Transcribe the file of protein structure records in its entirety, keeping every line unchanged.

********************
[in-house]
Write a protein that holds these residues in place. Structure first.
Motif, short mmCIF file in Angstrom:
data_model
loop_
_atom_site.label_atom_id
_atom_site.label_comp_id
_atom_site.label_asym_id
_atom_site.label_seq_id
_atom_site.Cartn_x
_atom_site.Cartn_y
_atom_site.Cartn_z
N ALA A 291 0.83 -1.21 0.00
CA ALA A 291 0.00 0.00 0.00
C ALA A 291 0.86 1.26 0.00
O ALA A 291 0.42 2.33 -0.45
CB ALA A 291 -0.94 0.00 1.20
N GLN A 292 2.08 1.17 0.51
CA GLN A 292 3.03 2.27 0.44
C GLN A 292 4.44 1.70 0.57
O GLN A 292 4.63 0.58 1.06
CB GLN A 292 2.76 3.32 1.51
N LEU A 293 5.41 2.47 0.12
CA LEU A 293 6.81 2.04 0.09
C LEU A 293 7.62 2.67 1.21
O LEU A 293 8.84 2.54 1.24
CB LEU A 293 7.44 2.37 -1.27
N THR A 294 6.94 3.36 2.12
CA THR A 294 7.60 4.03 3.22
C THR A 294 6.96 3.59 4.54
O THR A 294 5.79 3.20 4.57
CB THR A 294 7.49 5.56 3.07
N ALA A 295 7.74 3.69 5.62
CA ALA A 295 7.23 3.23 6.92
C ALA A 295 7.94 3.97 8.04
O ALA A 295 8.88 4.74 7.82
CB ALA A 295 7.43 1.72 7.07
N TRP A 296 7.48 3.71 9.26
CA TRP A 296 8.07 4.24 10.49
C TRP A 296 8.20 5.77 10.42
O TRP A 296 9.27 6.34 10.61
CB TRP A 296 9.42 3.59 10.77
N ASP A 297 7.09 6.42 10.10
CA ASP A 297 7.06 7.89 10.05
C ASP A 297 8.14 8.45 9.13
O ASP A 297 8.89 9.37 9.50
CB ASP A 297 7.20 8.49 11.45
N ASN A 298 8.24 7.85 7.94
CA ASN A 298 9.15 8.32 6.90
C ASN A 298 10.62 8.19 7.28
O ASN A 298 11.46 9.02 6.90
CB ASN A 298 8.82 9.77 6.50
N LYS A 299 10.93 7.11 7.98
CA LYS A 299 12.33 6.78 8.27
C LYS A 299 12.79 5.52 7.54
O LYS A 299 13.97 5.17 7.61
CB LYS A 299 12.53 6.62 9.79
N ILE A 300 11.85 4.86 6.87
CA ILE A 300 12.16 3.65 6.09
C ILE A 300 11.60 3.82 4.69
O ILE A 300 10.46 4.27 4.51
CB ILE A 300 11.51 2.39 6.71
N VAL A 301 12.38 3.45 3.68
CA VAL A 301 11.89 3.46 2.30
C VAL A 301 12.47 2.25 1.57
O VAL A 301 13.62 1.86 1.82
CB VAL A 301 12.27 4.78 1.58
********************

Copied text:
[in-house]
Write a protein that holds these residues in place. Structure first.
Motif, short mmCIF file in Angstrom:
data_model
loop_
_atom_site.label_atom_id
_atom_site.label_comp_id
_atom_site.label_asym_id
_atom_site.label_seq_id
_atom_site.Cartn_x
_atom_site.Cartn_y
_atom_site.Cartn_z
N ALA A 291 0.83 -1.21 0.00
CA ALA A 291 0.00 0.00 0.00
C ALA A 291 0.86 1.26 0.00
O ALA A 291 0.42 2.33 -0.45
CB ALA A 291 -0.94 0.00 1.20
N GLN A 292 2.08 1.17 0.51
CA GLN A 292 3.03 2.27 0.44
C GLN A 292 4.44 1.70 0.57
O GLN A 292 4.63 0.58 1.06
CB GLN A 292 2.76 3.32 1.51
N LEU A 293 5.41 2.47 0.12
CA LEU A 293 6.81 2.04 0.09
C LEU A 293 7.62 2.67 1.21
O LEU A 293 8.84 2.54 1.24
CB LEU A 293 7.44 2.37 -1.27
N THR A 294 6.94 3.36 2.12
CA THR A 294 7.60 4.03 3.22
C THR A 294 6.96 3.59 4.54
O THR A 294 5.79 3.20 4.57
CB THR A 294 7.49 5.56 3.07
N ALA A 295 7.74 3.69 5.62
CA ALA A 295 7.23 3.23 6.92
C ALA A 295 7.94 3.97 8.04
O ALA A 295 8.88 4.74 7.82
CB ALA A 295 7.43 1.72 7.07
N TRP A 296 7.48 3.71 9.26
CA TRP A 296 8.07 4.24 10.49
C TRP A 296 8.20 5.77 10.42
O TRP A 296 9.27 6.34 10.61
CB TRP A 296 9.42 3.59 10.77
N ASP A 297 7.09 6.42 10.10
CA ASP A 297 7.06 7.89 10.05
C ASP A 297 8.14 8.45 9.13
O ASP A 297 8.89 9.37 9.50
CB ASP A 297 7.20 8.49 11.45
N ASN A 298 8.24 7.85 7.94
CA ASN A 298 9.15 8.32 6.90
C ASN A 298 10.62 8.19 7.28
O ASN A 298 11.46 9.02 6.90
CB ASN A 298 8.82 9.77 6.50
N LYS A 299 10.93 7.11 7.98
CA LYS A 299 12.33 6.78 8.27
C LYS A 299 12.79 5.52 7.54
O LYS A 299 13.97 5.17 7.61
CB LYS A 299 12.53 6.62 9.79
N ILE A 300 11.85 4.86 6.87
CA ILE A 300 12.16 3.65 6.09
C ILE A 300 11.60 3.82 4.69
O ILE A 300 10.46 4.27 4.51
CB ILE A 300 11.51 2.39 6.71
N VAL A 301 12.38 3.45 3.68
CA VAL A 301 11.89 3.46 2.30
C VAL A 301 12.47 2.25 1.57
O VAL A 301 13.62 1.86 1.82
CB VAL A 301 12.27 4.78 1.58